37. Mine Zeynep Senses & Pravin Krishna, 2009. "International Trade and Labor Income Risk in the United States," 2009 Meeting Papers 471, Society for Economic Dynamics.
  38. Justin R. Pierce & Peter K. Schott, 2012. "A concordance between ten-digit U.S. Harmonized System codes and SIC/NAICS product classes and industries," Finance and Economics Discussion Series 2012-15, Board of Governors of the Federal Reserve System (U.S.).
  39. Steven J. Davis & John Haltiwanger & Ron Jarmin & Javier Miranda, 2006. "Volatility and Dispersion in Business Growth Rates: Publicly Traded versus Privately Held Firms," NBER Working Papers 12354, National Bureau of Economic Research, Inc.
  40. Julian di Giovanni & Andrei A. Levchenko, 2012. "Country Size, International Trade, and Aggregate Fluctuations in Granular Economies," Journal of Political Economy, University of Chicago Press, vol. 120(6), pages 1083 - 1132.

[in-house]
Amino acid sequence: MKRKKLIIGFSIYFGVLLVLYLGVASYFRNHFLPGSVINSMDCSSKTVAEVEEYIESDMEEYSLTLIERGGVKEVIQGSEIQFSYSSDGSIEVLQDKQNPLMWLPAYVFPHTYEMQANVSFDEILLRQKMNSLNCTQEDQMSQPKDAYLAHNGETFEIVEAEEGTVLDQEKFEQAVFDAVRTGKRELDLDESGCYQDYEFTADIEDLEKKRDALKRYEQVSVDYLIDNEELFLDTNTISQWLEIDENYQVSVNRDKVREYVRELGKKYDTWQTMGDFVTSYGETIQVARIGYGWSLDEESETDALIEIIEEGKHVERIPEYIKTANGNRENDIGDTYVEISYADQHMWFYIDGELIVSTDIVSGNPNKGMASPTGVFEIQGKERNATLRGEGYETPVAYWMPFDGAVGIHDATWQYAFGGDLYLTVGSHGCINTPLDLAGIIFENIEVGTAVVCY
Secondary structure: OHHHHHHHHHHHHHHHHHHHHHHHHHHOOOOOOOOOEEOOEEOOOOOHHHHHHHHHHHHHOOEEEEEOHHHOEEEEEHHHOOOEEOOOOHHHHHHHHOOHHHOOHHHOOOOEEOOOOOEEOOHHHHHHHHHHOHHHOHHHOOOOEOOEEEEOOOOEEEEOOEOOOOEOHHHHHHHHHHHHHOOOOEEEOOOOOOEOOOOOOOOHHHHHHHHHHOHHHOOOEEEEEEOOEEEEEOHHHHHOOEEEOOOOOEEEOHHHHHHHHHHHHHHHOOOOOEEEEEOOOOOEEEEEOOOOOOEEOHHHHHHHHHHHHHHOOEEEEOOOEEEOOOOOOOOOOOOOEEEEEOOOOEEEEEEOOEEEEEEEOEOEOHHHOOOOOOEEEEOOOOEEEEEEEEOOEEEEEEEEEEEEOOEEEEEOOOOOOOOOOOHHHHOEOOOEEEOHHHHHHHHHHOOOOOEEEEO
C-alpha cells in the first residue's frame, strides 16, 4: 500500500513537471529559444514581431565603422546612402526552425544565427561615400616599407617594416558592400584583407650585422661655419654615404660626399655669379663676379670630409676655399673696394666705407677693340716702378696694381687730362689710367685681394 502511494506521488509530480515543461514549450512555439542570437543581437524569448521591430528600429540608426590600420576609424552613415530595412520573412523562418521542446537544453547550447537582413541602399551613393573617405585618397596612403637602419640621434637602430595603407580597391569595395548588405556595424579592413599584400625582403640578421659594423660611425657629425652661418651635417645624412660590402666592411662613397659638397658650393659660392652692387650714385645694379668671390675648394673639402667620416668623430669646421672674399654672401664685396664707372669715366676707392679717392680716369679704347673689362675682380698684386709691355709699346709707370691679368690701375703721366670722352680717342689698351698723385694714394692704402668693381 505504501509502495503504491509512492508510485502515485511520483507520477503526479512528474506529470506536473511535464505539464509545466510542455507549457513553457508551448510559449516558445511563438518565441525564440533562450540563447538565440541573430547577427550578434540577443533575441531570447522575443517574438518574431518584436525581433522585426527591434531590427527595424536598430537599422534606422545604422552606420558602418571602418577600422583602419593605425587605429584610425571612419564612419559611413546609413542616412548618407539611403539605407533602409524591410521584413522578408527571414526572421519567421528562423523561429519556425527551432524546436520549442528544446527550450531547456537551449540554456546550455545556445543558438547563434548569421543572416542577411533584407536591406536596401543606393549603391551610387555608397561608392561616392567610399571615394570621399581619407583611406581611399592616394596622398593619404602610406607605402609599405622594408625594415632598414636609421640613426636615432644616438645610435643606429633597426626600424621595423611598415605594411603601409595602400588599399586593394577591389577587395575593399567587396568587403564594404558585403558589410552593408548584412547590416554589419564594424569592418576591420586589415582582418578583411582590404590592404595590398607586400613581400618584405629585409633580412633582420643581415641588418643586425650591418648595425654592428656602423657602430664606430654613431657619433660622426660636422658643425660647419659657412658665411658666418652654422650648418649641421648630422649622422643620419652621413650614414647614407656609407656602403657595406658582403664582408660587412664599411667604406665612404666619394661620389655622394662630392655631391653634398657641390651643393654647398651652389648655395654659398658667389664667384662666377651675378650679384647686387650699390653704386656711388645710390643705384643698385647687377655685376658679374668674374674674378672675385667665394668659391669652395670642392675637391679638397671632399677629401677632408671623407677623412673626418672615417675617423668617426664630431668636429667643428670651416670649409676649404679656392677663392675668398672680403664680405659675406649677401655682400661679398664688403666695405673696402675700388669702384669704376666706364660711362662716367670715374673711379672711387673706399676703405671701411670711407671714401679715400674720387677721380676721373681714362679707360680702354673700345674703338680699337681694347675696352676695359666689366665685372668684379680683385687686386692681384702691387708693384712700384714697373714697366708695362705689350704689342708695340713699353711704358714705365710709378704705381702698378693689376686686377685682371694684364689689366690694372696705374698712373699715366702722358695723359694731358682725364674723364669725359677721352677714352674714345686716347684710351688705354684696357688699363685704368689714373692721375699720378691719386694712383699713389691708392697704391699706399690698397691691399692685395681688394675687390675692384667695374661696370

41. Robert C. Johnson, 2012. "Trade in Intermediate Inputs and Business Cycle Comovement," NBER Working Papers 18240, National Bureau of Economic Research, Inc.
  42. Dani Rodrik, 1997. "Has Globalization Gone Too Far?," Peterson Institute Press: All Books, Peterson Institute for International Economics, number 57, January.
  43. Ng, Eric C.Y., 2010. "Production fragmentation and business-cycle comovement," Journal of International Economics, Elsevier, vol. 82(1), pages 1-14, September.
  44. Tibor Besedes & Thomas Prusa, 2006. "Ins, outs, and the duration of trade," Canadian Journal of Economics, Canadian Economics Association, vol. 39(1), pages 266-295, February.
  45. Daniel X. Nguyen & Georg Schaur, 2010. "Cost Linkages Transmit Volatility Across Markets," EPRU Working Paper Series 2010-03, Economic Policy Research Unit (EPRU), University of Copenhagen. Department of Economics.